When food allergies become life-threateningby Donna Chisholm
Food allergies can cause more than hives or an upset stomach. For Martin Dickson, a shellfish allergy has been life-changing – and life-threatening.
He’d had his first adverse reaction at age 18 to a Cobb & Co prawn cocktail. “I came out in red lumps all over my body for four days, and after that, whenever I ate prawns, I got an itchy or swollen throat.”
For more than 25 years, Dickson avoided prawns, but about two years ago, three accidental exposures to minuscule amounts of the seafood within four months caused his condition to worsen significantly.
“It went from feeling itchy and yucky in the throat to anaphylaxis.”
On one occasion, he had to have adrenaline shots at a doctor’s surgery after eating three chips on a dish of calamari in a restaurant. When he returned to the eatery later to ask about its cooking methods, he was told the chip oil had been used to cook prawns.
After eating the chicken salad, which turned out to contain traces of seafood, he had to be taken to hospital by ambulance. And the third time, he became ill and dizzy after licking a finger he’d dipped into contaminated sea salt.
“It’s an absolute pain,” says 50-year-old Dickson, an Auckland health promoter. “Being with people, eating with them, sharing homes with people, is really important and a big part of my life. To avoid prawns is one thing, but once it gets to a trace and you could be dead in 15 minutes, it’s a completely different game. And that’s what I’ve had to adjust to.”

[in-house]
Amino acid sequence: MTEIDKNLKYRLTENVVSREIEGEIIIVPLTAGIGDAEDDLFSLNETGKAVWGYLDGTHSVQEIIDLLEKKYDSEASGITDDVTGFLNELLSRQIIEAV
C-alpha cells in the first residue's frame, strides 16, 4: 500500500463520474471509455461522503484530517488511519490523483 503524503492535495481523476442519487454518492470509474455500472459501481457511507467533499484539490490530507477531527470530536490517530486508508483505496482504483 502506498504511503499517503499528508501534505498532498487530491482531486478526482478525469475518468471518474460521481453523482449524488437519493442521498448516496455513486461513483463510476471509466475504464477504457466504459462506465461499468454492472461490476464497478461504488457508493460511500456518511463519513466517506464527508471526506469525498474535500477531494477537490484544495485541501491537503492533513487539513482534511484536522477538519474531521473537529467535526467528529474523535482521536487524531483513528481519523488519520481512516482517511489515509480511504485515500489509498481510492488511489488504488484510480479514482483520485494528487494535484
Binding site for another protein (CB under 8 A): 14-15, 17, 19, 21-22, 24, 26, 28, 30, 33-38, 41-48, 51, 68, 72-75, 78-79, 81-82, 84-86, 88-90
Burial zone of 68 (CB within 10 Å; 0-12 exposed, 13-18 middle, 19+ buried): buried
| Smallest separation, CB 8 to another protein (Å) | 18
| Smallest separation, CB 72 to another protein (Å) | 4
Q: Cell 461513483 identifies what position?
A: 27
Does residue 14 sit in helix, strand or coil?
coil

He now has to examine not only the main ingredients but everything that goes into sauces, stocks and dressings. “I used to get a hot rotisserie chicken from the supermarket, but even the hot chicken says it may have crustacea in it, because of the stock used.”
Dickson eats out only in vegetarian restaurants or in the one restaurant at which he’s a regular and knows the kitchen staff.
“You just seem like you’re being so dramatic if the message every time you walk into a cafe is ‘I could die if you get this wrong’.”
Dickson’s partner is a chef, and when the pair travel, they eat kosher meals on flights. Dickson also wears gloves on planes in case he touches a contaminated surface and then rubs his eyes, mouth or nose.
He always carries an EpiPen, so he can self-administer adrenaline, but says a severe anaphylaxis can require as many as six shots.
Dickson says he knows friends, acquaintances and colleagues of people with severe allergies find it difficult to deal with. “You might find it a pain, but we really find it a pain.
“It’s about trying to find sensible accommodations that work, so don’t be offended if we ask what’s in the food.”
This article was first published in the August 19, 2017 issue of the New Zealand Listener.
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